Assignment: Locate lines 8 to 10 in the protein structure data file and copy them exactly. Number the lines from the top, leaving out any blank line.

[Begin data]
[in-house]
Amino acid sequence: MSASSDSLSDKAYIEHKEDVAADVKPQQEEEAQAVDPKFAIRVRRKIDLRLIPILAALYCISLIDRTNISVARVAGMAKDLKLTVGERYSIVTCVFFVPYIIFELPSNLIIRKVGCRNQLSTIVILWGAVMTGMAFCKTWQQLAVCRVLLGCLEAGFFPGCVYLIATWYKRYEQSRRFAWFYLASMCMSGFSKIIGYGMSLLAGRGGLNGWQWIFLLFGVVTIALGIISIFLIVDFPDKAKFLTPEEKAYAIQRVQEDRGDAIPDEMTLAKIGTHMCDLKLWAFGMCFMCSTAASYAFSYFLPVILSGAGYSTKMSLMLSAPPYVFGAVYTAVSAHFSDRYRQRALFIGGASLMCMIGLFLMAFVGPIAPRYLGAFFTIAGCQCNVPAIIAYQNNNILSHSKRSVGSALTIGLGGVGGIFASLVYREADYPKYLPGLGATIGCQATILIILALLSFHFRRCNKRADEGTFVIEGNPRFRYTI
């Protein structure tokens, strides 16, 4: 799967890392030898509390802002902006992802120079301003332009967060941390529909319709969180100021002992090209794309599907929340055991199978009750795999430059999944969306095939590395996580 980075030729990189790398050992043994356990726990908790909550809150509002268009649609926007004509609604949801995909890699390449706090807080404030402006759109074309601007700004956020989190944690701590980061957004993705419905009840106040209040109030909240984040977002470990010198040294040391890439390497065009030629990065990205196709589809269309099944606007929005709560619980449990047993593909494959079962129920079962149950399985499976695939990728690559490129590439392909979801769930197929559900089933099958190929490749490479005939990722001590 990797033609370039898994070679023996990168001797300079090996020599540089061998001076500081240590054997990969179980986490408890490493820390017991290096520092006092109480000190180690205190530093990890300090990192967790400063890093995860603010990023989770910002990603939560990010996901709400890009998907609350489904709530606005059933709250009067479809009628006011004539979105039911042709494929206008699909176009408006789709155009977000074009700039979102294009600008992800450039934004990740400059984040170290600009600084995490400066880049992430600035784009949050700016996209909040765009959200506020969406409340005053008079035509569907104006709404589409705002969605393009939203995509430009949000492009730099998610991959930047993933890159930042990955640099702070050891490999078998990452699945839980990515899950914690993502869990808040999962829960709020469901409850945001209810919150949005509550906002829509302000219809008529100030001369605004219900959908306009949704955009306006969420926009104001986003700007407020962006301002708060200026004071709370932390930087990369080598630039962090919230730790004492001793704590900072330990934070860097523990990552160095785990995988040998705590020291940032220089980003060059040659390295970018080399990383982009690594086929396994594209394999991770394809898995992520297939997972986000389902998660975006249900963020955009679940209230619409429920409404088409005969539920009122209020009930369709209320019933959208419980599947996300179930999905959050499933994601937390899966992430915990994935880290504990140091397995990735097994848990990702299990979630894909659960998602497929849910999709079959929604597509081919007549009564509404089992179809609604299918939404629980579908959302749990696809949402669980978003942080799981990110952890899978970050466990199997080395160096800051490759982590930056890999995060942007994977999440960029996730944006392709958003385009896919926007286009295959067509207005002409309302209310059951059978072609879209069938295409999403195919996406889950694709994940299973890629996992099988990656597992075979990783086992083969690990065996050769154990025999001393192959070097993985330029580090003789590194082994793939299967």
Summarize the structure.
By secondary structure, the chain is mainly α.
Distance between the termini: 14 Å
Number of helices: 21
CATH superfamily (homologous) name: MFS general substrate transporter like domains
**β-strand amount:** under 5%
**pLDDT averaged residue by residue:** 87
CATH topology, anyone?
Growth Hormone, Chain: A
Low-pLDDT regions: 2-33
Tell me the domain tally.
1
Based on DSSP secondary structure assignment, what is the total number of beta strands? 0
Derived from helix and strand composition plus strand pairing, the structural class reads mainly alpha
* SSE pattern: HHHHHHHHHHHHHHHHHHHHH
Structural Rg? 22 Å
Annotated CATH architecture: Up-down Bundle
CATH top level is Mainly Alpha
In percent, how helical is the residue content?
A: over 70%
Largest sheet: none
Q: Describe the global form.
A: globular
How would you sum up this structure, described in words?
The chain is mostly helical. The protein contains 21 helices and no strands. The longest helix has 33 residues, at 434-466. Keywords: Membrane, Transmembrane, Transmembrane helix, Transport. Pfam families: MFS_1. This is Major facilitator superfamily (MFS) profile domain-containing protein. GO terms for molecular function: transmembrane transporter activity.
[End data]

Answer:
CATH superfamily (homologous) name: MFS general substrate transporter like domains
**β-strand amount:** under 5%
**pLDDT averaged residue by residue:** 87